March 23, 2006 – "We're all in a race against a virus that can cause significant levels of death and disability," U.S. Surgeon General Richard H. Carmona said to a group of about 100 local residents, health care providers, and government officials at a pandemic influenza summit held Thursday at the Marriott Frenchman's Reef Hotel on St. Thomas.
Carmona said that the U.S. government is particularly concerned about the H5N1 strain of avian flu, which has primarily been infecting birds in Asia. He said the virus has not yet mutated into a disease which can spread from human to human, but has killed 103 three individuals in countries such as Cambodia, China, Indonesia and Iraq.
"We do expect it to hit the U.S. and possibly the Virgin Islands," Carmona added. "And while we do hope that it stays within birds, we all have to be prepared in the event that the virus spreads to the human population."
Unfortunately, Carmona explained that the virus is constantly changing, making it hard for a specific vaccine targeting the strain to be developed. "We are working on a day-to-day basis to understand the characteristics of the virus, and everyday we learn a little more about it," he said. "However, every day there's a risk that the virus can mutate, so prevention is really the number-one cure."
National efforts to combat the virus, or at least keep it at bay for as long as possible, are centered around prevention, he said, adding that U.S. plans also include measures to respond to, mitigate, and recover from the disease once it reaches the mainland.
Carmona outlined such strategies as using bio-surveillance systems set up around the world to monitor emerging diseases, looking at past pandemic outbreaks and stockpiling vaccinations and other medical supplies.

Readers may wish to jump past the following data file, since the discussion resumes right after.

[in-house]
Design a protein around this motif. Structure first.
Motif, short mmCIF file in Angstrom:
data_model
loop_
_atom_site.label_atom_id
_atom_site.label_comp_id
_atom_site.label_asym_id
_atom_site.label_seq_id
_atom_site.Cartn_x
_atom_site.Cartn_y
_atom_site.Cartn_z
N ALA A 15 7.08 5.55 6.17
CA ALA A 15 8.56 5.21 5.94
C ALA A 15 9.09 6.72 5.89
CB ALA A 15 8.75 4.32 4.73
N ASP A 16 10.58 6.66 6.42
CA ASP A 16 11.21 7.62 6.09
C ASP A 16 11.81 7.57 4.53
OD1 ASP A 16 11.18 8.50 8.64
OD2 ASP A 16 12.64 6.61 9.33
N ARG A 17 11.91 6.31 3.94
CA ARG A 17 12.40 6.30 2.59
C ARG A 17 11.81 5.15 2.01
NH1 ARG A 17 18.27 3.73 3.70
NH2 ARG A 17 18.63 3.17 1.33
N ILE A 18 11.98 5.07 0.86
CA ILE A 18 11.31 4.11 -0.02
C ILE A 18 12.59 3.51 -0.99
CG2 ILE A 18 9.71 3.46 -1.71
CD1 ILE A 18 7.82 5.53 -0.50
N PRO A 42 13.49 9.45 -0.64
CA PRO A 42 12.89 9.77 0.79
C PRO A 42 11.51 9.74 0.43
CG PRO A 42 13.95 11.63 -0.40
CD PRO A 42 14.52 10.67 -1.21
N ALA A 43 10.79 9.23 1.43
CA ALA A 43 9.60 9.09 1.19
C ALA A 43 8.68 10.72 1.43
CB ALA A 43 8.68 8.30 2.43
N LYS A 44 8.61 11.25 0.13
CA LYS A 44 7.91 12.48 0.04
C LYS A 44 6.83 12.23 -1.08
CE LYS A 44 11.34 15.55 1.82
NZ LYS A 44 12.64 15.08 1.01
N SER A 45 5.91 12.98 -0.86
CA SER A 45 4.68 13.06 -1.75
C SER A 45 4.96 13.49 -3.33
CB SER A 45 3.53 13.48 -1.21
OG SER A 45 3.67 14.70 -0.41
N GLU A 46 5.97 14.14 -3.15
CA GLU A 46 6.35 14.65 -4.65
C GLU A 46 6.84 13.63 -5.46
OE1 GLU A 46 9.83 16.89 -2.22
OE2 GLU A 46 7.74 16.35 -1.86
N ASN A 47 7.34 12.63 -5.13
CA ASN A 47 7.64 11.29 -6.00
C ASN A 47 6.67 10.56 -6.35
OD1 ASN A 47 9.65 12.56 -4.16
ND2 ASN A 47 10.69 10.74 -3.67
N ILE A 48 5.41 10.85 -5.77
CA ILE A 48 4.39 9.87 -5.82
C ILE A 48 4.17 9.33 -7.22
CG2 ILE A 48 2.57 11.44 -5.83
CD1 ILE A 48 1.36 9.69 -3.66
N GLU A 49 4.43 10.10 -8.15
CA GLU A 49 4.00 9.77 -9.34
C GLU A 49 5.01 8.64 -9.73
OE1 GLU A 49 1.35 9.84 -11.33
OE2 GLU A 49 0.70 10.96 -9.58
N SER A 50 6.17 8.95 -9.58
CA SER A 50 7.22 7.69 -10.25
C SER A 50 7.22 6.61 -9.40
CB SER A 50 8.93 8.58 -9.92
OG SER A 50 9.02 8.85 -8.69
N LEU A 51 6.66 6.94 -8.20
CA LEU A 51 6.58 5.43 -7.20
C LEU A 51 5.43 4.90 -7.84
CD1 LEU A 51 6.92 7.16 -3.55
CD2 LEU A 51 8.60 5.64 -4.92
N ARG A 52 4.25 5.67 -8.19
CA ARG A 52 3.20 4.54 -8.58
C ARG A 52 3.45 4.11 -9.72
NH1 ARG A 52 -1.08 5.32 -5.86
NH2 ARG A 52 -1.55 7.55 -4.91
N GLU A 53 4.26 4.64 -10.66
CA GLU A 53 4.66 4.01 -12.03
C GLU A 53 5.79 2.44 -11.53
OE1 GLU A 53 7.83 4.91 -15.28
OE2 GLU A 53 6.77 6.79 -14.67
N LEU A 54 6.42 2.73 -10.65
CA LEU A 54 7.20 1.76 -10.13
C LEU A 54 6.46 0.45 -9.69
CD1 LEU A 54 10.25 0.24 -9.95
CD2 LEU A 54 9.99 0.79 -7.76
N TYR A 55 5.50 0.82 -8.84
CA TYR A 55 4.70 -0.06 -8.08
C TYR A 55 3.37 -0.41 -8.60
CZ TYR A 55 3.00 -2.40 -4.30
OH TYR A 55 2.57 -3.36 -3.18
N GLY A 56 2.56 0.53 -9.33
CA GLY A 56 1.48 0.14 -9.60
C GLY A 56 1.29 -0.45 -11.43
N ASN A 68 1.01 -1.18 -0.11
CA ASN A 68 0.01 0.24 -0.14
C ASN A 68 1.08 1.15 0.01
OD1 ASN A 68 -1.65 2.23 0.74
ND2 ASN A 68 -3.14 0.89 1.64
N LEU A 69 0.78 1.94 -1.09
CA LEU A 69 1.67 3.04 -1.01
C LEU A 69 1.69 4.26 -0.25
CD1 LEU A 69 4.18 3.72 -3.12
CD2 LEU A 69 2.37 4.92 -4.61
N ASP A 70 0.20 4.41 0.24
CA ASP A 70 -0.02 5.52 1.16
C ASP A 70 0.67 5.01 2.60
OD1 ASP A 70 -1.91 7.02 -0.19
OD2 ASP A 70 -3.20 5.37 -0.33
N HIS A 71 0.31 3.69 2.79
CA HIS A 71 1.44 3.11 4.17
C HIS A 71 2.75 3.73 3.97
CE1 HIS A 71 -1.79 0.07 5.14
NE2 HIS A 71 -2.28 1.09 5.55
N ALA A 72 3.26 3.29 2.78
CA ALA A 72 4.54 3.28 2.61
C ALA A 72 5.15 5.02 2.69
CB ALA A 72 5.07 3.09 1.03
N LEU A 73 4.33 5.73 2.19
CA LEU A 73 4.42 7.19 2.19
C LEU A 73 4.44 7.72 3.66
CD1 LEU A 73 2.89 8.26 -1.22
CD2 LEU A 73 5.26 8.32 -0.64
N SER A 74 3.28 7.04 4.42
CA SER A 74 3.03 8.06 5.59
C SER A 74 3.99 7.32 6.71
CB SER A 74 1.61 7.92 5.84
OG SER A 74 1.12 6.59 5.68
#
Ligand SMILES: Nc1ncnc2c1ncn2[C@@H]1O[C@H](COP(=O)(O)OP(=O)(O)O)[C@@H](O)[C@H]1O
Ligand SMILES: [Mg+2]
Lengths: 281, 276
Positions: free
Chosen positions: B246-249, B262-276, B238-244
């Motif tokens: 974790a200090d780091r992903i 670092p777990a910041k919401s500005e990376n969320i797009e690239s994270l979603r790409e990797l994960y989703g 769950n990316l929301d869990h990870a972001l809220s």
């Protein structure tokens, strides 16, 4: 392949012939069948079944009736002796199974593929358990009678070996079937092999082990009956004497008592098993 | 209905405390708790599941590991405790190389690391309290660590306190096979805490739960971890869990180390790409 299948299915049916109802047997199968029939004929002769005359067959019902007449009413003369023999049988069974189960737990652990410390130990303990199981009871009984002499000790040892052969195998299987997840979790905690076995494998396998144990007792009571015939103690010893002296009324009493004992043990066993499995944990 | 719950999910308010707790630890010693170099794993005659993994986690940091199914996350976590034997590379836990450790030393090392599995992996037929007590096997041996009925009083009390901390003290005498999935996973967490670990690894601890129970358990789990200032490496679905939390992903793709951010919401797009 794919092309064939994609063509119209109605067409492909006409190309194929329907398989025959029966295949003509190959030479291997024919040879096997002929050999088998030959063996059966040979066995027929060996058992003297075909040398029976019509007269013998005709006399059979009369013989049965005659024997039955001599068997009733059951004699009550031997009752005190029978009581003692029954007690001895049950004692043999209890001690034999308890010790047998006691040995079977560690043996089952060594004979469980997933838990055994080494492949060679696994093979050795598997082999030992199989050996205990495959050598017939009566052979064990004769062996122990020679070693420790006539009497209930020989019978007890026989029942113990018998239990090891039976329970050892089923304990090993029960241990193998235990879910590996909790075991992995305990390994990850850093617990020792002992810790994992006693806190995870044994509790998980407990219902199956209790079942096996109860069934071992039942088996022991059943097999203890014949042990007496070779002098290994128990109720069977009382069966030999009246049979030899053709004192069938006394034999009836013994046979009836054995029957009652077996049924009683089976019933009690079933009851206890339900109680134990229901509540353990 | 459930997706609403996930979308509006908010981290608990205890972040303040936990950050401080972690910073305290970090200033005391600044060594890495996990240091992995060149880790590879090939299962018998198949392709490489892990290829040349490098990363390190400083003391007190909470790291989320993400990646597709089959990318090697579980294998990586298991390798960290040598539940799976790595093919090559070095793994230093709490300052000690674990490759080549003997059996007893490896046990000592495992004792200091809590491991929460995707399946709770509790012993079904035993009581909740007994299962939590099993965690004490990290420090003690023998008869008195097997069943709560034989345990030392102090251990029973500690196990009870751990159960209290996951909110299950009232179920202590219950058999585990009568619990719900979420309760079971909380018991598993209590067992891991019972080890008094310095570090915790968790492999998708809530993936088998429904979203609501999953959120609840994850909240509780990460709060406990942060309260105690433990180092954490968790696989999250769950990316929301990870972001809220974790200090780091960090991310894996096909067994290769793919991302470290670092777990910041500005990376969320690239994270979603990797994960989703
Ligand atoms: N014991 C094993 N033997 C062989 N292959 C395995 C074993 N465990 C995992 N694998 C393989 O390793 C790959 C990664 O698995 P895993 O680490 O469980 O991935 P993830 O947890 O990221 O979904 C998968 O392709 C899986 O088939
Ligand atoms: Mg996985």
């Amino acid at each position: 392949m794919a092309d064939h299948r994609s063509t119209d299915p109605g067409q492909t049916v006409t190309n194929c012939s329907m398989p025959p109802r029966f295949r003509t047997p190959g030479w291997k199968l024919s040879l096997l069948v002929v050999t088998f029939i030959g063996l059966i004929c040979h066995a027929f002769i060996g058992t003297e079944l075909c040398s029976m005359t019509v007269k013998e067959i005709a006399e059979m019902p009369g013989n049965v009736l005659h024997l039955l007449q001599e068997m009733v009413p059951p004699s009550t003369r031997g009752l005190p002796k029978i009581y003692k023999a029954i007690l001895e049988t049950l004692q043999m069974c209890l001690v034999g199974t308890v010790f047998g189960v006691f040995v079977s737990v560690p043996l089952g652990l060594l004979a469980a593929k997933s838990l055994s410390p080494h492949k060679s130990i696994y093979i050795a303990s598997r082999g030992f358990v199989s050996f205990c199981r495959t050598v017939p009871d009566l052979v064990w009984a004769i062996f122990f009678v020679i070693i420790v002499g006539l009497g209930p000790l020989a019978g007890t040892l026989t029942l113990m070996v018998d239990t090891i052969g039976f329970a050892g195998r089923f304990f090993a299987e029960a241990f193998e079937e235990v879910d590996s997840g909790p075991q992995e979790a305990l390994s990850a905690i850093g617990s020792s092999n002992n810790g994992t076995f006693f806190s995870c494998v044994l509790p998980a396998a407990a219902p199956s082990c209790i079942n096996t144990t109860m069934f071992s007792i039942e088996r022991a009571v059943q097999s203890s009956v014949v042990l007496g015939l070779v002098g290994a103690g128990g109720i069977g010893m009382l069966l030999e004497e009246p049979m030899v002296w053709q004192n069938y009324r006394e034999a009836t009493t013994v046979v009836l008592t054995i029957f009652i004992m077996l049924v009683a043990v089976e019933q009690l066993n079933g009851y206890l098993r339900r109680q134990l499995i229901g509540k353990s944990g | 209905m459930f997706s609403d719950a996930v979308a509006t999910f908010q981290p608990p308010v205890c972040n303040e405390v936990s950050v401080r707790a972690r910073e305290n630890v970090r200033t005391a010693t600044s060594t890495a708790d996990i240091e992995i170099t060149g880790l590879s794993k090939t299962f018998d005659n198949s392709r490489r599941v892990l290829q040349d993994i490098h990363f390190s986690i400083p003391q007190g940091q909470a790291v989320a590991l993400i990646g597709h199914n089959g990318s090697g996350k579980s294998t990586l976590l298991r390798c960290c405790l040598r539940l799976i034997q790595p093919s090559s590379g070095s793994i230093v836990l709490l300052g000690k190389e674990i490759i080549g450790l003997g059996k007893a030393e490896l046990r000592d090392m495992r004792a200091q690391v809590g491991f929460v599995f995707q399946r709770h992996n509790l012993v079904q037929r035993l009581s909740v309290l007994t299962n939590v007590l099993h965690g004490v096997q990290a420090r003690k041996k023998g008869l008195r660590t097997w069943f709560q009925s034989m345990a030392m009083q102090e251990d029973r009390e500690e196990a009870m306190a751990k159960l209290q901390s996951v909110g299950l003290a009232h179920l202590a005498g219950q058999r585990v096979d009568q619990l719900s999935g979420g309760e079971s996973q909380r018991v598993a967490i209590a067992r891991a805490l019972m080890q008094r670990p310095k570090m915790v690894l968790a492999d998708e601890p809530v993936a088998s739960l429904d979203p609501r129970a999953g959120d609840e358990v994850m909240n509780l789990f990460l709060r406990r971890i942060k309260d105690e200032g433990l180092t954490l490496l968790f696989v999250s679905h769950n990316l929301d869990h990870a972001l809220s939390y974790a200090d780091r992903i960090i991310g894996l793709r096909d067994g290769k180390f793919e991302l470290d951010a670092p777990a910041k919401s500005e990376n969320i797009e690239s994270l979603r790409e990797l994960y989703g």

Carmona said the U.S. currently has enough vaccines – primarily Tamiflu, a seasonal flu medication that can help mitigate the effects of the H5N1 strain – to distribute to about one-fourth of the mainland's population. However, while more supplies have been ordered, vaccine production has decreased in the United States over the past year. "What we now have to do is incentivize the private sector to come back into the business," he said. "These vaccines take about six to eight months to make, so we need as many people as we can get to come in and work with us, so we can delay the virus from coming as long as possible."
With such limited supplies and a high demand for the vaccine, local governments would have to look at its most vulnerable populations to determine who receives the flu shots, Carmona said in response to a question from the audience. "However, you have to remember that the most important thing is the continuity of government – first responders, for example, would have to get the vaccine because they're out there dealing with the community, so you might have to create a bit of a hierarchical system."
Al Martinez Fonts, special assistant to the private sector for the U.S. Department of Homeland Security, said it is also important for governments to protect critical infrastructure such as telecommunications, water and electricity, waste systems, and food distribution for community members.
Carmona further stated that Congress recently allocated $3.3 billion to the U.S. Department of Health and Human Services for the states and territories to better prepare for an outbreak. While the Virgin Islands has only received about $126,000 of those funds to date, Carmona said the territory would be eligible for more federal money once a local pandemic response plan is in place.
When asked after the summit, Health Commissioner Darlene A. Carty estimated the territory would need "upwards of $6 million to $7 million" to develop a full-fledged emergency response system, which includes providing enough hospital beds and medical supplies for a significant portion of the territory's residents and the millions of visitors who come to the Virgin Islands each year.